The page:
The quote “Never do for a child what he can do for himself” is one of my favorites to teach parents, because it’s so easy to fall into the habit of doing everything for kids thinking it’s helping them when the “help” is actually doing more harm than good. One of my favorite examples of this is in Cloud and Townsend’s book “Boundaries with Children”. One of the authors told a story of having a friend visit him. During the visit, the two friends went into the author’s teenaged son’s room where the author began to clean- making the bed, folding clothes. The friend stood there looking stunned and when the author noticed the friend’s facial expression he asked the friend what was wrong. The friend replied “Nothing. I just feel sorry for your son’s future wife.” The author was so embarrassed he left the room, but later returned and thanked the friend for reminding him that he was actually hurting his son and not helping him. He was stealing from his son the opportunity to learn necessary life skills along with a sense of responsibility.
Take an inventory of things you might be doing now that are age-appropriate tasks your child could be doing for himself. To get you started, here are some things you should stop doing for your children right now.
Doing their chores
Even kids as young as two or three years old are old enough for chores. Some very basic chores for the very young are picking up toys, sweeping the floor, and light laundry tasks like putting clothes into the hamper, taking clothes out of the dryer, and putting clothes into the washing machine. Kids this young are also capable of putting their dirty dishes in the sink and throwing away their trash. Older kids can begin to take on more responsibility like pet care responsibilities and dusting.
Getting Them Ready in the Mornings
By preschool, kids are old enough to pick out their own clothes, get dressed, wash their faces, brush their teeth, and maybe even comb or brush their own hair. To make this easier, parents can gather clothes and supplies into a container and put it within kids’ reach on low counters, in low drawers, or in closets.
Preparing their Food
Cooking with heat should be done with adult supervision, but kids can learn to pour their own cereal and milk in the morning (you can put kid-sized portions in lidded bowls or cups to help them pour). They can also make sandwiches and pack lunches. Children too young to help with the actual cooking can still contribute by helping to set the table.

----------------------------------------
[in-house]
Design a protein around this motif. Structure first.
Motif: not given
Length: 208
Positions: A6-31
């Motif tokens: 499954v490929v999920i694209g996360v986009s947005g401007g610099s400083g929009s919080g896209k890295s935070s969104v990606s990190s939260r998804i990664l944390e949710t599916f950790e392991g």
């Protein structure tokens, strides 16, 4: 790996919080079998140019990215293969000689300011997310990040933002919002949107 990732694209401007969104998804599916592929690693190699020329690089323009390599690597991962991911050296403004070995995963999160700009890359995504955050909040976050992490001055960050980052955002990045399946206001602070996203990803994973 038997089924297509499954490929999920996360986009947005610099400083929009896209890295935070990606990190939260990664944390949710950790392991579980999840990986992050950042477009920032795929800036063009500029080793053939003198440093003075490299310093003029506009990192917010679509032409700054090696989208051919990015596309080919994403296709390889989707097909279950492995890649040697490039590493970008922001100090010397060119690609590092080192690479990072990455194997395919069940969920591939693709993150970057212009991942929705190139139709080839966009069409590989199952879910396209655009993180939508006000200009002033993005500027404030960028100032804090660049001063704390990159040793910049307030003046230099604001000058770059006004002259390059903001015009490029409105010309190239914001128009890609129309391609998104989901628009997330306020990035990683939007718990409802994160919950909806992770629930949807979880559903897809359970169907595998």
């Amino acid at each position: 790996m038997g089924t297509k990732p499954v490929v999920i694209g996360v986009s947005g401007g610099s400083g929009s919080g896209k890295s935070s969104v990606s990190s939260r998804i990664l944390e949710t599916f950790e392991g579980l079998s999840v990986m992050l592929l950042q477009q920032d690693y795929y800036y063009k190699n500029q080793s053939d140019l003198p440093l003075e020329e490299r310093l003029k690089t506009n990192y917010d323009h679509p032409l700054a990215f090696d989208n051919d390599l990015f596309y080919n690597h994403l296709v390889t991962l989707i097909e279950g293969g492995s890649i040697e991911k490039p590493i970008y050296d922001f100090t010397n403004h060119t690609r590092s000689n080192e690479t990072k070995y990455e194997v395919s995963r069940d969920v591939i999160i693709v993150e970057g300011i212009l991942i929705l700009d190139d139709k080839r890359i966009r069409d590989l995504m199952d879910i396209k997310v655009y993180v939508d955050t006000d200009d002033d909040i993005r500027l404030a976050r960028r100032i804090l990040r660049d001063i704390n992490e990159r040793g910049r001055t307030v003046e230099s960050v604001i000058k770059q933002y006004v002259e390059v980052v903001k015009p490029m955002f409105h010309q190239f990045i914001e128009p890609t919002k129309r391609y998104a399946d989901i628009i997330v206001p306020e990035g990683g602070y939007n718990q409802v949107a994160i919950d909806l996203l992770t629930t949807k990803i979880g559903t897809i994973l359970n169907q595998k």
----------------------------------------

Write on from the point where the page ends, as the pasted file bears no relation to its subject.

Resolving their Conflicts and Solving their Problems
Parents are often so uncomfortable with conflict themselves that they jump in at the first sign of conflict between their children. Instead of intervening immediately, wait to give kids a chance to resolve the conflict themselves. If they need help after a few minutes, instead of deciding on the resolution, guide the kids towards a resolution by using language like “This is a problem. What do you think you can do to solve the problem?” or “You hurt Sally’s feelings. What do you think you could say?” With practice, you will hear kids resolve their own conflicts by apologizing or offering solutions themselves.
Doing their Homework
Through my years of experience working in schools, I heard stories of a great deal of parents helping with homework, papers, and projects far too much. While it is good to help when kids get stuck and ask for help, it is crucial to avoid offering suggestions for how to complete assignments, providing answers or solutions, or completing assignments for your children. First, the teacher will likely find out your child has received too much help, but more importantly, your child loses the opportunity to learn from his mistakes or learn from the consequence of not being prepared.
Once you begin to step back and allow your child to do things for themselves, your child will have more opportunities to learn from experience, to understand natural consequences, and to feel proud of herself for learning new skills. These valuable skills will be more helpful in the long run than receiving too much help will be.